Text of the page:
I love overcast light, as a fact there is only one kind of light I like equally much, and that’s backlighting. There’s so much potential in landscape photography under a cloudy sky. Overcast skies create a nice even defused light with virtually no shadows, it is easy to expose the scene evenly and pull out details which you couldn’t in direct sunlight. I do not shoot the skies, when it is overcast. The only exception to this rule is when the clouds creates a dramatic effect, maybe even spiced up with beams of light slipping through the cover.
Wait for the right light, adapt, adjust for the scene
So when you are facing that grey blanket of greyness, point your camera down a little and avoid it. Emphasize bold colors with contrast. Use a deep depth of field and some foreground interest to give the shot a feeling of depth and contrast. When there is drama and definition is to be found in the skies, I like to include a bigger portion of the skies in my photo. Such photos are easily improved in post-production by adding drama with a boosted black and selective contrast will make the photo a lot more interesting. Yet I prefer using a polarizing filter, it takes 2 stops and can bring out the details in the dramatic skies.
Back to where it all starts
I am a strong believer of keeping things to a minimum. A good camera, a fast and wide lens and a tripod is my choice of weapon. Like many others, I too suffer from GAS, I just don’t use my acquisitions all that much. As for camera I love the Sony Alpha A99V, it is strong featured, and has a marvelous dynamic range, the biggest downside to this camera is the distribution of AF points, which is much too narrow on this full frame camera. But what the heck, I almost never use the AF system, so it’s not the biggest of issues. The glasses I most often look through, is either an old 50mm Minolta f/1.4 or my Minolta 80-200mm APO HS f/2.8, both lenses is as sharp as knife and with wonderful colors. Do remember that foggy days aren’t always lens friendly; a small trick is to remember to bring a lens cloth in case of condensation. I got heaps of mixed feelings when it comes to my tripod. I hate carrying it around, in fact there is only one thing I hate more than carrying it around, is not having it with me when I need it. I use an old Manfrotto, it is not carbon or anything fancy, its solid, and when I need it, it is there for meJ.
To improve on the standard “cloudy day” it is worth doing preparation at shooting time and a bit of post-processing afterwards. Switch the camera’s white balance setting to cloudy: this will help keep the tones a bit warmer. Use exposure compensation to decrease exposure by 1/3 EV – 2/3 EV, this increases the saturation of the colors in the photograph. If the cloud layer is relatively thin, you’ll be able to capture images with a relatively small aperture (large f-stop value). If the clouds are thick, you’ll have to use a larger aperture or increase the ISO setting.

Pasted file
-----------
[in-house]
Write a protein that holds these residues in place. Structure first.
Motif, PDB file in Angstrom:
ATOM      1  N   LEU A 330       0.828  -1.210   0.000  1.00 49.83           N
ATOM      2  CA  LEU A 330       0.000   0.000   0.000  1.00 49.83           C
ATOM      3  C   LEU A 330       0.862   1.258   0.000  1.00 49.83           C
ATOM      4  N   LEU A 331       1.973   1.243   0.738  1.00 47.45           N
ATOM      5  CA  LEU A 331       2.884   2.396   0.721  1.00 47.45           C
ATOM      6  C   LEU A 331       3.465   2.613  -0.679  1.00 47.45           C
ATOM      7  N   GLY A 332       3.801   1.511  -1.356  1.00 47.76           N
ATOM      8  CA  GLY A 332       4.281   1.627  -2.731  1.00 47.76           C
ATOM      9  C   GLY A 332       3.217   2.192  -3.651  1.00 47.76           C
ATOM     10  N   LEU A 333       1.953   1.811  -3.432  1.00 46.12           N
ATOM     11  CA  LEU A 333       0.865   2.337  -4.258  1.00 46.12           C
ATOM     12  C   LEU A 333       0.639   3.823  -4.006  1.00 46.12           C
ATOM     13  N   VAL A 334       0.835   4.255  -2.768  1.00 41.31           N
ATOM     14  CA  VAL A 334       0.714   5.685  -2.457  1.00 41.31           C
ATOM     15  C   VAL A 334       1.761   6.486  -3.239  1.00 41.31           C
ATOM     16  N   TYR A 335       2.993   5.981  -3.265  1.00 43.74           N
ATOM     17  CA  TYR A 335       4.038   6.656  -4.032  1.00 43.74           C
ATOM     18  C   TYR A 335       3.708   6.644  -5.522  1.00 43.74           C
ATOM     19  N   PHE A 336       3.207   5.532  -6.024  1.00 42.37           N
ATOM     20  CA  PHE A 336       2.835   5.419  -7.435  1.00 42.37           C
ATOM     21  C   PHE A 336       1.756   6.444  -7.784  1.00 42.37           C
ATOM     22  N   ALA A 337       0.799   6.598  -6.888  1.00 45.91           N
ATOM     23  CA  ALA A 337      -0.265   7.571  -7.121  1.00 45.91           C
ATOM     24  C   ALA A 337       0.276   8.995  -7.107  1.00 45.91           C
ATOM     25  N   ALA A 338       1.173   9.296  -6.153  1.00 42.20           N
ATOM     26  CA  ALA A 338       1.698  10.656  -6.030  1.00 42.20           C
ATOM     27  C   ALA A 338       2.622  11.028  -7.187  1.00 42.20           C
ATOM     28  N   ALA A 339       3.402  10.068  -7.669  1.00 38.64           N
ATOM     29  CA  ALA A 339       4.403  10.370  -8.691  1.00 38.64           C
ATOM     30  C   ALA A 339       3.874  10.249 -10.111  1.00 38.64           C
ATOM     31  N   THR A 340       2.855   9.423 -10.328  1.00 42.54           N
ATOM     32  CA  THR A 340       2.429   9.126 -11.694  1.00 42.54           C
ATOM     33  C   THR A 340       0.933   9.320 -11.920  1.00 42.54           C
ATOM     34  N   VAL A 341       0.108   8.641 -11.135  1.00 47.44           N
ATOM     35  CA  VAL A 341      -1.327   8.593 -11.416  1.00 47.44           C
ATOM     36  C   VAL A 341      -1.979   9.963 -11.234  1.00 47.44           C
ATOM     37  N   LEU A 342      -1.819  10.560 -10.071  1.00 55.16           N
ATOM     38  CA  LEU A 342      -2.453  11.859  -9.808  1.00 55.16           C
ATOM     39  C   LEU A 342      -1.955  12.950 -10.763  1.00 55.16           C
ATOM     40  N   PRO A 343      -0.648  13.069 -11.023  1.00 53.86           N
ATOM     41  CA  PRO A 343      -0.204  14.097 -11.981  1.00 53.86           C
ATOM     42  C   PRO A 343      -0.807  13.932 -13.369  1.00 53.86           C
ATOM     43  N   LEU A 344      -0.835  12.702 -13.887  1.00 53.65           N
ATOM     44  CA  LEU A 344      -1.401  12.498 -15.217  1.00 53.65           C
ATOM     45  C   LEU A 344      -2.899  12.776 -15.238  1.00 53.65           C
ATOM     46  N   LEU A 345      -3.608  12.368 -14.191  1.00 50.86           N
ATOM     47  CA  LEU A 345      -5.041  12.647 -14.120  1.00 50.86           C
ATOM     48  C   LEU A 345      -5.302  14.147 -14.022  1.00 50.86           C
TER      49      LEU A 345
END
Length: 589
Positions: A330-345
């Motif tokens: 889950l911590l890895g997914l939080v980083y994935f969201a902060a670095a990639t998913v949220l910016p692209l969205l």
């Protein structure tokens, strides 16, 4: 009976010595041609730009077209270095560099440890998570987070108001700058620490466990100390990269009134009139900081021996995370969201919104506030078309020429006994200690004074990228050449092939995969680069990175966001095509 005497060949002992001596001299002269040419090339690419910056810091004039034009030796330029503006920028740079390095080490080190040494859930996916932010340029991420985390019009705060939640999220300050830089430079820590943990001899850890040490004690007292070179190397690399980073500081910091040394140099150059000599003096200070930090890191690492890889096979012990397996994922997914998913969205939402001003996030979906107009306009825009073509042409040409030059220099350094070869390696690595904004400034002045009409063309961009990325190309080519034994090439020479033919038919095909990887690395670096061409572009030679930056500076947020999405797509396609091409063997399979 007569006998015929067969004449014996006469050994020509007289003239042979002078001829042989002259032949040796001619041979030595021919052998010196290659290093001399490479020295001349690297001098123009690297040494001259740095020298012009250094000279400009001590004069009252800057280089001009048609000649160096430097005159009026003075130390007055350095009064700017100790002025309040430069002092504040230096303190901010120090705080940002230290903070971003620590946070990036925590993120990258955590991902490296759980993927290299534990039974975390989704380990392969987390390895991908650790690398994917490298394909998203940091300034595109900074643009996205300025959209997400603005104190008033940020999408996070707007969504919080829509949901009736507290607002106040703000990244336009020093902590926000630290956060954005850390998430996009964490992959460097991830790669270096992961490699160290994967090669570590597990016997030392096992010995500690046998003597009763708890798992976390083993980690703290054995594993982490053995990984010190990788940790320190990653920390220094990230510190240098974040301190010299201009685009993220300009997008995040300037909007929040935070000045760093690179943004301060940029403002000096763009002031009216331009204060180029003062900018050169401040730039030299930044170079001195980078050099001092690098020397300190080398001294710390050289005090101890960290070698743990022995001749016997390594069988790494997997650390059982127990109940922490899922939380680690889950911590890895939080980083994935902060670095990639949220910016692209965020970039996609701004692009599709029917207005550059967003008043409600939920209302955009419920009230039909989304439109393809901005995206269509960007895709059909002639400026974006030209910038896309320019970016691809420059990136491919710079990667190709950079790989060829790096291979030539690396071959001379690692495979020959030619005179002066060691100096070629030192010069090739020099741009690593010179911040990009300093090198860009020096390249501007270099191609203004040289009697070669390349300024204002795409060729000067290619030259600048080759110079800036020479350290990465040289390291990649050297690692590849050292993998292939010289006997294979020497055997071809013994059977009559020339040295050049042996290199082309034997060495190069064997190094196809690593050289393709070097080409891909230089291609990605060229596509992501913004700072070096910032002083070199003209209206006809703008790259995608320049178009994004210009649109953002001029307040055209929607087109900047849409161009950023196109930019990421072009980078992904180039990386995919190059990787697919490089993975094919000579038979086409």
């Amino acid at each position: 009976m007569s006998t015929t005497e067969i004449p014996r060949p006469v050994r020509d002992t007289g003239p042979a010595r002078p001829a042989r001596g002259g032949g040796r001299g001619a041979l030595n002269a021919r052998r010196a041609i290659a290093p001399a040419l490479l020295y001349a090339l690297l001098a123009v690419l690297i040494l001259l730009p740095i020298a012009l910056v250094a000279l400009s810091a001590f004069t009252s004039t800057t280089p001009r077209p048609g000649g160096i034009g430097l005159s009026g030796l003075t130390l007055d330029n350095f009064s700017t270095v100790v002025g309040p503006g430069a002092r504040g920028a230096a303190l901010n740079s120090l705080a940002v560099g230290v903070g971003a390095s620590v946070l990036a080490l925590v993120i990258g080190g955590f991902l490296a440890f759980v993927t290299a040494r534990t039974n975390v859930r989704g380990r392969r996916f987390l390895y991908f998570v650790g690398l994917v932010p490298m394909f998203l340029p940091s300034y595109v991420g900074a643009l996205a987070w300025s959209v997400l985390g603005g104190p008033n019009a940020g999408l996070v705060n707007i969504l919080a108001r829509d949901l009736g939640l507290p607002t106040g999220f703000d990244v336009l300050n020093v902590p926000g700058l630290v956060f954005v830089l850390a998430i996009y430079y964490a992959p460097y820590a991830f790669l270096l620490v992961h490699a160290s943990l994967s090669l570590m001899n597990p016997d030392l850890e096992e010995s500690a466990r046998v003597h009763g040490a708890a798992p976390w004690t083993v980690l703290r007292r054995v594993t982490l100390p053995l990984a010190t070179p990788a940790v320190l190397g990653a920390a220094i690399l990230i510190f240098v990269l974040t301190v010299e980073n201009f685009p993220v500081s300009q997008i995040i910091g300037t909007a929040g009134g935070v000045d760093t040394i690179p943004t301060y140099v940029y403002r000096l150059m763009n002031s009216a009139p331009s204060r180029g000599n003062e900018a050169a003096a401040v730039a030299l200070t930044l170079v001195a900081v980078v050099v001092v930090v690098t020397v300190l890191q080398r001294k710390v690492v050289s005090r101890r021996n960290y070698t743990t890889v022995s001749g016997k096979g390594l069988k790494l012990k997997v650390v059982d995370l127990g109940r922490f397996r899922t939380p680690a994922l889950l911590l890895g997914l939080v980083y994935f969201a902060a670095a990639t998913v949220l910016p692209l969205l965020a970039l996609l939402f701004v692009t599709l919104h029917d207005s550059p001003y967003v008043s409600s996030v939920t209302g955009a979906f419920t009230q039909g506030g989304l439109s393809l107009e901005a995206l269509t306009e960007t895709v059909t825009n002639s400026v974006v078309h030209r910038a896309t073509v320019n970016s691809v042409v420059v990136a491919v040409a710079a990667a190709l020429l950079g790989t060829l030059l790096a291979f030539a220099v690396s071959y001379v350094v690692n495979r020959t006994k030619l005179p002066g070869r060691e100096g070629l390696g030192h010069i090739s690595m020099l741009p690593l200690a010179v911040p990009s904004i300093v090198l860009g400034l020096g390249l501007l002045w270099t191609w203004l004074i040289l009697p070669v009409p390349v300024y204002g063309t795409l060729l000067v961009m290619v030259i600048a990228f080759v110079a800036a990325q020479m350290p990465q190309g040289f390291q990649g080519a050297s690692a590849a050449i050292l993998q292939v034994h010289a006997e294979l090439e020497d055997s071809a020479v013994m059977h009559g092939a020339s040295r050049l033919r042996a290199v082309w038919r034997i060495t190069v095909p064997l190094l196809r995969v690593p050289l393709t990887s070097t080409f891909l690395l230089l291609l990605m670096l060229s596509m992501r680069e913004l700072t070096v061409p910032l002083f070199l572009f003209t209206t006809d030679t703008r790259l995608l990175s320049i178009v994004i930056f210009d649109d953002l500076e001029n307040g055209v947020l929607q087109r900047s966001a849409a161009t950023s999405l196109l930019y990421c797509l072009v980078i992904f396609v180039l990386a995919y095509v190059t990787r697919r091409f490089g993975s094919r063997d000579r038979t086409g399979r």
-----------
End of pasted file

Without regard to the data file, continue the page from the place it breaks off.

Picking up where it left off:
Post-processing is also important. Contrast adjustment will give your photo more punch. Colors is always more bland on cloudy days, so Increase saturation. You will have to experiment a bit to find the setting that makes your photo more vibrant without going too saturated.
You can also Increase brightness. Depending on how much over-exposure you did in the initial shooting you might have to give brightness a notch or two.
You might think that the use of polarizing filters limited to sunny days, that is definitely not the case! In fact, on cloudy or rainy days, there’s just as much vertical light and glare as on sunny days. Polarizers improve landscapes by reducing haze in even the worst of weather. It will not exaggerate a blue sky if it’s cloudy, but increases the contrast. Beware that it will also affect your white balance, and can give your winter pictures a blueish hue. The reason is that there are relatively more UV light penetrating clouds in winter during the day. I recommend spot measuring your WB on something white.
This image is from Risskov Forest, a small piece of well-trimmed nature in the middle of Aarhus. The trees were standing in their winter dressing, without the overcast skies I wouldn’t have been able to get the even light in this image. Had it been in direct sunlight, my bet is that this would have not been a good image. Delicate oxidized tones from moss growing on trees. Green and brownish colors stand bold on a white carpet. A path S-curves its way through the picture brings perspective to the picture.
Autumn trees in fog
Fog is always an interesting element in any photograph. Lush green and with reddish leaves break the monotone background, leading lines provide perspective for our eyes, leading toward the void hidden in the fog.
Portraits in Cloudy weather
Soft light under cloudy skies is very flattering for shooting portraiture but it also has it downsides. A flat overcast sky makes your camera want to blow out to white or turn a light gray, and that really can ruin an otherwise beautiful portrait. Often I find it to be the best option, not to have the sky in my portrait photos, try to find another even background, or when that is not possible go for a nicely bukeh’ed background.
Another issue with overcast skies when it comes to portraiture is the catch light. It can often be difficult to get enough light into your subject eyes. Having a reflector is very helpful, but if you do not have one handy then there is little trick to make it easier to get the right light. Try to find an elevated position to take the photo, this will make your subject look slightly upwards, making it a lot easier to get the right light in their eyes.